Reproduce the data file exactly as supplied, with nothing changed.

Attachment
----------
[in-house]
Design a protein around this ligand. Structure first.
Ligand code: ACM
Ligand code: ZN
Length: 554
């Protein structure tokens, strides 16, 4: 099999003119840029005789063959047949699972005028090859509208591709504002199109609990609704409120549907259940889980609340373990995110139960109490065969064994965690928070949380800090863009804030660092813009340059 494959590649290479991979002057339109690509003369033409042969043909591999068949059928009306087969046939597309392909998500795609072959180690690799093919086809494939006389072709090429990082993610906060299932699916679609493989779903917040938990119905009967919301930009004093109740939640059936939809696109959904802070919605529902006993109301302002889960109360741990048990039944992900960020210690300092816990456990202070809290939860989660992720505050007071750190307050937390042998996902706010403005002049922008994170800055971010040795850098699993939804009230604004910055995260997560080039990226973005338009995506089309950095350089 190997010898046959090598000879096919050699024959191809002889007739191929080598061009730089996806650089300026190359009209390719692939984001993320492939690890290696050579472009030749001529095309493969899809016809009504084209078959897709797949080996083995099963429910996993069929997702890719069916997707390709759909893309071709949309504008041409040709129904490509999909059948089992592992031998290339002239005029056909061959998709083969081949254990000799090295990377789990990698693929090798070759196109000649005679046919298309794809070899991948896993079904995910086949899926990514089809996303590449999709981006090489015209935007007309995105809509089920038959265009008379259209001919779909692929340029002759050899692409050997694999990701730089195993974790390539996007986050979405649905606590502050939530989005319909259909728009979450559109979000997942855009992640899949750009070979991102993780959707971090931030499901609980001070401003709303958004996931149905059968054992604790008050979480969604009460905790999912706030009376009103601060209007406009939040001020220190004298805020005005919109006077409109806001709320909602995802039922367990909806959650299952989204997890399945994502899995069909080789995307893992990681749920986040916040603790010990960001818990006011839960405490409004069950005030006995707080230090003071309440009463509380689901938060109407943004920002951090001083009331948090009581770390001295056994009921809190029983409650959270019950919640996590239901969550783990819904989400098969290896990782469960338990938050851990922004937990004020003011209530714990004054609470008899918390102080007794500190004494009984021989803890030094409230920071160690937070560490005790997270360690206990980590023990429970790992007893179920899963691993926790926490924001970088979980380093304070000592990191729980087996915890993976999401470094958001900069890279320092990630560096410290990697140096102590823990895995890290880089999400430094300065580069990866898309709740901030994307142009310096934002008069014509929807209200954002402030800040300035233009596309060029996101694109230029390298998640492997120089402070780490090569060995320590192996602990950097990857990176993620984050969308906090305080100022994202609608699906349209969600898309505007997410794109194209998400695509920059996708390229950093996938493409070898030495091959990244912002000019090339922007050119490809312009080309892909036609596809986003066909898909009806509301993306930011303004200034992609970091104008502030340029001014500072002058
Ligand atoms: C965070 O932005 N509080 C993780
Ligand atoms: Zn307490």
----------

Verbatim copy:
[in-house]
Design a protein around this ligand. Structure first.
Ligand code: ACM
Ligand code: ZN
Length: 554
């Protein structure tokens, strides 16, 4: 099999003119840029005789063959047949699972005028090859509208591709504002199109609990609704409120549907259940889980609340373990995110139960109490065969064994965690928070949380800090863009804030660092813009340059 494959590649290479991979002057339109690509003369033409042969043909591999068949059928009306087969046939597309392909998500795609072959180690690799093919086809494939006389072709090429990082993610906060299932699916679609493989779903917040938990119905009967919301930009004093109740939640059936939809696109959904802070919605529902006993109301302002889960109360741990048990039944992900960020210690300092816990456990202070809290939860989660992720505050007071750190307050937390042998996902706010403005002049922008994170800055971010040795850098699993939804009230604004910055995260997560080039990226973005338009995506089309950095350089 190997010898046959090598000879096919050699024959191809002889007739191929080598061009730089996806650089300026190359009209390719692939984001993320492939690890290696050579472009030749001529095309493969899809016809009504084209078959897709797949080996083995099963429910996993069929997702890719069916997707390709759909893309071709949309504008041409040709129904490509999909059948089992592992031998290339002239005029056909061959998709083969081949254990000799090295990377789990990698693929090798070759196109000649005679046919298309794809070899991948896993079904995910086949899926990514089809996303590449999709981006090489015209935007007309995105809509089920038959265009008379259209001919779909692929340029002759050899692409050997694999990701730089195993974790390539996007986050979405649905606590502050939530989005319909259909728009979450559109979000997942855009992640899949750009070979991102993780959707971090931030499901609980001070401003709303958004996931149905059968054992604790008050979480969604009460905790999912706030009376009103601060209007406009939040001020220190004298805020005005919109006077409109806001709320909602995802039922367990909806959650299952989204997890399945994502899995069909080789995307893992990681749920986040916040603790010990960001818990006011839960405490409004069950005030006995707080230090003071309440009463509380689901938060109407943004920002951090001083009331948090009581770390001295056994009921809190029983409650959270019950919640996590239901969550783990819904989400098969290896990782469960338990938050851990922004937990004020003011209530714990004054609470008899918390102080007794500190004494009984021989803890030094409230920071160690937070560490005790997270360690206990980590023990429970790992007893179920899963691993926790926490924001970088979980380093304070000592990191729980087996915890993976999401470094958001900069890279320092990630560096410290990697140096102590823990895995890290880089999400430094300065580069990866898309709740901030994307142009310096934002008069014509929807209200954002402030800040300035233009596309060029996101694109230029390298998640492997120089402070780490090569060995320590192996602990950097990857990176993620984050969308906090305080100022994202609608699906349209969600898309505007997410794109194209998400695509920059996708390229950093996938493409070898030495091959990244912002000019090339922007050119490809312009080309892909036609596809986003066909898909009806509301993306930011303004200034992609970091104008502030340029001014500072002058
Ligand atoms: C965070 O932005 N509080 C993780
Ligand atoms: Zn307490």